14) Buju Banton – Wanna be Loved (1996)

Not much else to say. He is a great artist and his 90’s success is undeniable. Wanna be Loved never gets old, really. Add his 1997 hits Destiny and Hills and Valleys to the list too.

15) Beenie Man – Sim Simma (Who am I?) (1997)

The king himself released Who Am I as the second track off his album Many Moods and Moses. The song was produced on the Playground Riddim and was written by Beenie himself. It’s basically a dancehall anthem at this point.

16) Mr. Vegas – Heads High (1998)

Last on our list and rounding things out, we have this piece of vintage, Caribbean gold. Mr. Vegas is another Jamaican artist with so many globally successful records it is hard to keep track of them all. Heads High is one of those songs you would hear belting through the neighbourhood on a Saturday morning back in the day. #ClassicCaribbean

END

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Choosing ‘Art’ For A Living

Theatre production; Adaptation of Elena Garro’s ‘El Encanto, Tendajon Mixto’ – Mexican Embassy’s 10th anniversary celebration.

Theatre is a gem of an artform. Anyone who has seen a staged play live knows it can be likened to magic.

Kentillia Louis is an Artistic director, lecturer, manager and curriculum officer advocating for and enriching Arts and Culture in Saint Lucia. She has worked as the Artistic Director for the Walcott School’s Festival and as Director of Requiem for a Badjohn, a play staged for the first time in Saint Lucia earlier this year. She also manages the Youth Studying Performing Arts and Culture (YouthSPAC) organization, and works as a part-time lecturer at the Sir Arthur Lewis Community College and University of West Indies open campus, among several others gigs.

We were fortunate to have the opportunity in May of this year to pose a few questions to Kentillia on her experiences working as an Artist on a small, Caribbean island.

Q: Can you highlight the aspects of this profession you enjoy?

K: One of the things that I enjoy about being an artist in the Caribbean is that because of, I suppose, size there’s a camaraderie between us all. It doesn’t matter if it’s in Trinidad, Barbados, Grenada, Jamaica, everybody’s always willing to lend a helping hand. Always willing to try and see how they can collaborate or assist, because as much as we think we’re different, we all have similar issues.

Another thing is we have a rich culture. We have so many cultural forms that provide for the arts. We have material to create plays, to create performance styles, to use in so many different ways as stimuli for dance, drama anything. To find inspiration for anything that I do, it’s very easy, I just have to close the books, close the laptop and go out there and just observe my people, listen to the radio, listen to the music, watch the dancing and within there, something always comes up.

The good thing about our cultural forms is that it’s participatory. I mean you can go to the La Rose festival and you are not just be a spectator on the outside. Those different groupings are always very willing to include you, listen to what you have to say. So I really have enjoyed that, his is what gives me my identity and my unique approach. I’ve been able to really make sure i’m well grounded in it, in everything that I do to use it as my base.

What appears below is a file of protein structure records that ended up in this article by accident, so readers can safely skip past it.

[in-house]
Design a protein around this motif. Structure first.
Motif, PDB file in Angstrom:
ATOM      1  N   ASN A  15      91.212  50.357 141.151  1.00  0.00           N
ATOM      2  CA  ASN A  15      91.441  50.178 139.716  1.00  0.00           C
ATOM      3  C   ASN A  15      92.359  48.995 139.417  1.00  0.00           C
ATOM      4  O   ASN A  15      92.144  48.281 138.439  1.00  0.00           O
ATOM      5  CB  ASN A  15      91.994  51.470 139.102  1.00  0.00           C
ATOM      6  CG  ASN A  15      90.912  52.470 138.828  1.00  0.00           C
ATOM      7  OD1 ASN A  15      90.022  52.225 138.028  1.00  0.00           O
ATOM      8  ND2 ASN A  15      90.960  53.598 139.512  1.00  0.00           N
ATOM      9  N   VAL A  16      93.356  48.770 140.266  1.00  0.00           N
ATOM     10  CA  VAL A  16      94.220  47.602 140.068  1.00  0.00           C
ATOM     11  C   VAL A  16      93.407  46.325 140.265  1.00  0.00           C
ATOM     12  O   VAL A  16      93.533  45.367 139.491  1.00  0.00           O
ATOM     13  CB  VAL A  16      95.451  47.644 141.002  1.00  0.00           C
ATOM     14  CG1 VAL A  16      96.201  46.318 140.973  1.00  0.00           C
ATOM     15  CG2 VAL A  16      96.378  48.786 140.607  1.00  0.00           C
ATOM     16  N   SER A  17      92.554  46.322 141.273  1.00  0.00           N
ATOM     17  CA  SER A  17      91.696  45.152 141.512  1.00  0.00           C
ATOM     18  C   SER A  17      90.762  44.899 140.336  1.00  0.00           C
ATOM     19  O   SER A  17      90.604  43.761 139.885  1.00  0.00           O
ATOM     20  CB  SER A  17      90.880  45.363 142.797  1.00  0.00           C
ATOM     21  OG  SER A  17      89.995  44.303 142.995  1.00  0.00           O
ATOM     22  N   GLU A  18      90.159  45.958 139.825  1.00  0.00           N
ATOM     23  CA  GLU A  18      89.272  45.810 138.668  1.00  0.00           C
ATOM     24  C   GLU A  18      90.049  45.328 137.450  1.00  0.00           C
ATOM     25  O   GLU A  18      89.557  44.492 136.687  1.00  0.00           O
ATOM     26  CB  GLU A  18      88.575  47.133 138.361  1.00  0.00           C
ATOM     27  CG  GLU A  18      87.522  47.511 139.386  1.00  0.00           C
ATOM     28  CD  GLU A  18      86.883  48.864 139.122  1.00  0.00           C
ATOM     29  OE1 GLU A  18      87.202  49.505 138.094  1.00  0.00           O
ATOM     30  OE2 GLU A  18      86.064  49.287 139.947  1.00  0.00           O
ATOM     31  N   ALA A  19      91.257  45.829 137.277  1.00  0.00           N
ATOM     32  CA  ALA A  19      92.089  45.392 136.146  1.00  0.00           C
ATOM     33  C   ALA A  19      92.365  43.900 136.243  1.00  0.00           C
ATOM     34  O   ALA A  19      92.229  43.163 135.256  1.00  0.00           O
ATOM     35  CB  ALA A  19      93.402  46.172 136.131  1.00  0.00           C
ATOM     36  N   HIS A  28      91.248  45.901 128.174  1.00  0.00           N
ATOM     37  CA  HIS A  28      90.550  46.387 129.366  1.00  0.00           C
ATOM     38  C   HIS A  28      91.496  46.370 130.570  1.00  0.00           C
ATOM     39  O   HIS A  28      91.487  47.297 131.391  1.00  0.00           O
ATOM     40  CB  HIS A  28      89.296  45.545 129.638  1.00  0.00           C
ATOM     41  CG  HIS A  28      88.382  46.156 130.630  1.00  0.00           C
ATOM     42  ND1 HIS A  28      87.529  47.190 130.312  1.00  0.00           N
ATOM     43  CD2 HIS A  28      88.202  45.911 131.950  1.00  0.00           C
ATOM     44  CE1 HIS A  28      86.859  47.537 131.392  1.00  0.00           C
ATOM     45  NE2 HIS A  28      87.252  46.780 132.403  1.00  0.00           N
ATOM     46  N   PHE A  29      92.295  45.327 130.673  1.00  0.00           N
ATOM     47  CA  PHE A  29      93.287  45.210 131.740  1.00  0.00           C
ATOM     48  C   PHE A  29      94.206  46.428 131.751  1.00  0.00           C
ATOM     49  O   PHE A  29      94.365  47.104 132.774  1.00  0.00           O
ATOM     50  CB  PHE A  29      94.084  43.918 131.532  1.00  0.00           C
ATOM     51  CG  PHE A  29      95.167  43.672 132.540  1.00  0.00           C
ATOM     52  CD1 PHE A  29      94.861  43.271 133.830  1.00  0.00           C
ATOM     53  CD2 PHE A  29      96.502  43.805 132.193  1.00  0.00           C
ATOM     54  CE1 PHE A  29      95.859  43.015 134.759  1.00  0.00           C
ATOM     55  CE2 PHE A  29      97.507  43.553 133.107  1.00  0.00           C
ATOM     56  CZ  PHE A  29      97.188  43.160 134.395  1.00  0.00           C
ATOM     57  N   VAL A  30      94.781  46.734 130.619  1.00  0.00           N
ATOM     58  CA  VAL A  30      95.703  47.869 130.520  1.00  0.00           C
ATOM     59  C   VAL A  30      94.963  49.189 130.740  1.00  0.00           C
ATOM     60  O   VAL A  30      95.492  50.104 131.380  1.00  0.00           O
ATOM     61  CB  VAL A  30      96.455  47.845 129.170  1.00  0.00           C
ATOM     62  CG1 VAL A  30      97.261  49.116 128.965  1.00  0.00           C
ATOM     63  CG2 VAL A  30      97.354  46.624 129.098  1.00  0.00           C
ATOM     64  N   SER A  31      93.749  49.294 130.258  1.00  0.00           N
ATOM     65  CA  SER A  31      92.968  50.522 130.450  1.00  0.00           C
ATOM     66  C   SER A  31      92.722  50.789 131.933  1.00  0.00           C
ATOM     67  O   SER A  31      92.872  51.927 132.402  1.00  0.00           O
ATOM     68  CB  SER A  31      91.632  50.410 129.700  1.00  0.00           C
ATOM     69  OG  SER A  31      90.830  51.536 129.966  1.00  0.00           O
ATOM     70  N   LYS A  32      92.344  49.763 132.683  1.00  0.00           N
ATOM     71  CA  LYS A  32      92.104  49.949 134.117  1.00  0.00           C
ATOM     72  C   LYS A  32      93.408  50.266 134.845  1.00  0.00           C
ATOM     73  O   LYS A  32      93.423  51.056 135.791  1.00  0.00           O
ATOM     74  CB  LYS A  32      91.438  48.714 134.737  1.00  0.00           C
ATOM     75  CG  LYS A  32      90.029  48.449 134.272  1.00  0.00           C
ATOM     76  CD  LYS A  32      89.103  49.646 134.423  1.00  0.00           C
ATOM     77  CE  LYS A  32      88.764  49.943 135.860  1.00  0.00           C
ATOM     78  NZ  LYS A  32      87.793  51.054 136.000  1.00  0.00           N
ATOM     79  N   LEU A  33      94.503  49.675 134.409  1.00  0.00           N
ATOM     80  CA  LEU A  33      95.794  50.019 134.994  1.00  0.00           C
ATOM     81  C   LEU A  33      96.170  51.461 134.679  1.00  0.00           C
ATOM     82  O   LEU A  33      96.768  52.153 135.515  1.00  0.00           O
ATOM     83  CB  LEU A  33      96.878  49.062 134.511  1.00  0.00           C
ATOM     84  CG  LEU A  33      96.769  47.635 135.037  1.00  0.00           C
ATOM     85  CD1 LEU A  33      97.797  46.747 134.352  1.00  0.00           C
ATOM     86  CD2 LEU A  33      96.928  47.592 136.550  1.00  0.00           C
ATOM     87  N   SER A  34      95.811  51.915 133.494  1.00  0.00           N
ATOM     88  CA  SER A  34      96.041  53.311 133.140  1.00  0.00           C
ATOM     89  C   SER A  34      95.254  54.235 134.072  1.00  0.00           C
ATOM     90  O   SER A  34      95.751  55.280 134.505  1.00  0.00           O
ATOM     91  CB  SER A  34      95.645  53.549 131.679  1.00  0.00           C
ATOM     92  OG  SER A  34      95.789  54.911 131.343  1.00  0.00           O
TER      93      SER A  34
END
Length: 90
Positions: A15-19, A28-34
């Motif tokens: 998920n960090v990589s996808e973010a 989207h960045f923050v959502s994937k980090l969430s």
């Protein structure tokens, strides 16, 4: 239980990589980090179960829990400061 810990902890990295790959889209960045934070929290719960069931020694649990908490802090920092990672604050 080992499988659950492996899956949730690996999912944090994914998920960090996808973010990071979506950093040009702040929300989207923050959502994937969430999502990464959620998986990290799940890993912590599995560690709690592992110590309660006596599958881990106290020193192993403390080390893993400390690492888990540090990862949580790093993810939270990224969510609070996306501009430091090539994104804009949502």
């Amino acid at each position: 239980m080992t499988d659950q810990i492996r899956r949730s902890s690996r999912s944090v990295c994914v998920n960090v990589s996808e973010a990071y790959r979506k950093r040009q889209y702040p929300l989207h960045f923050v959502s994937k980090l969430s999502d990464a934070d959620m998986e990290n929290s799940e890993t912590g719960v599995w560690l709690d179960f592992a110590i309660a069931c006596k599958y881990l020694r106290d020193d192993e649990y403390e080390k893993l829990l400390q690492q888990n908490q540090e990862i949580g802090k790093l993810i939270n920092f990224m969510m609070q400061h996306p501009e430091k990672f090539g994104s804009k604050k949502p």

Q: Can you highlight the challenges?

K: Always training-training and space. There are never enough spaces for training or opportunities for training – long term training I should say. There are always persons who approach me to join the group but i’m very particular about numbers. That’s why I have not increased the size past a certain point because we have a lot of young persons in Saint Lucia who are very, very talented, but they just have the raw material. What if we invested in them and helped them with the training and the exposure. As well as training them for showcasing opportunities because you can train, but you have to be trained to perform and be showcased.

We forget that not everybody starts off at the top, nobody did. Everybody had to build their way there and we have to, as a nation support them. That’s one of the major challenges, so sensitizing our public to the importance of supporting their own, even those up and coming, support them, because they will be the next big thing and it will be nice if you could be part of that experience with them.

Space has always been a problem- performance spaces. I mean right now we only have the National Cultural Center which is extremely limited and expensive. So persons who are building should put an auditorium. That’s what a lot of organizations do, and they will rent it out at a reasonable price. We can take that into consideration here. People think there are not a lot of groups but there are a lot of groups out there. They just don’t have the opportunity to perform in a proper performance space. That’s one of the major issues that we have right now.

I think as much as people understand the performing arts and culture, there is also not a respect for it and that’s one of the things I’d like to see change. That’s where your identity comes from, that’s where your sense of you comes from. We go to all of those platforms to balance our selves out when we feel angry, sad, and so forth. They’re crucial to us and our development as a person, as a society. And the respect that art should be given,it’s not being given right now. We do it as a by the way thing, we do it only as something we can use to maybe enhance the tourism product. But it’s more than that. Every society you find persons really holding on to their arts and culture because that’s where you find a sense of pride, you find reflections of yourself, that’s one of the things that we don’t have here.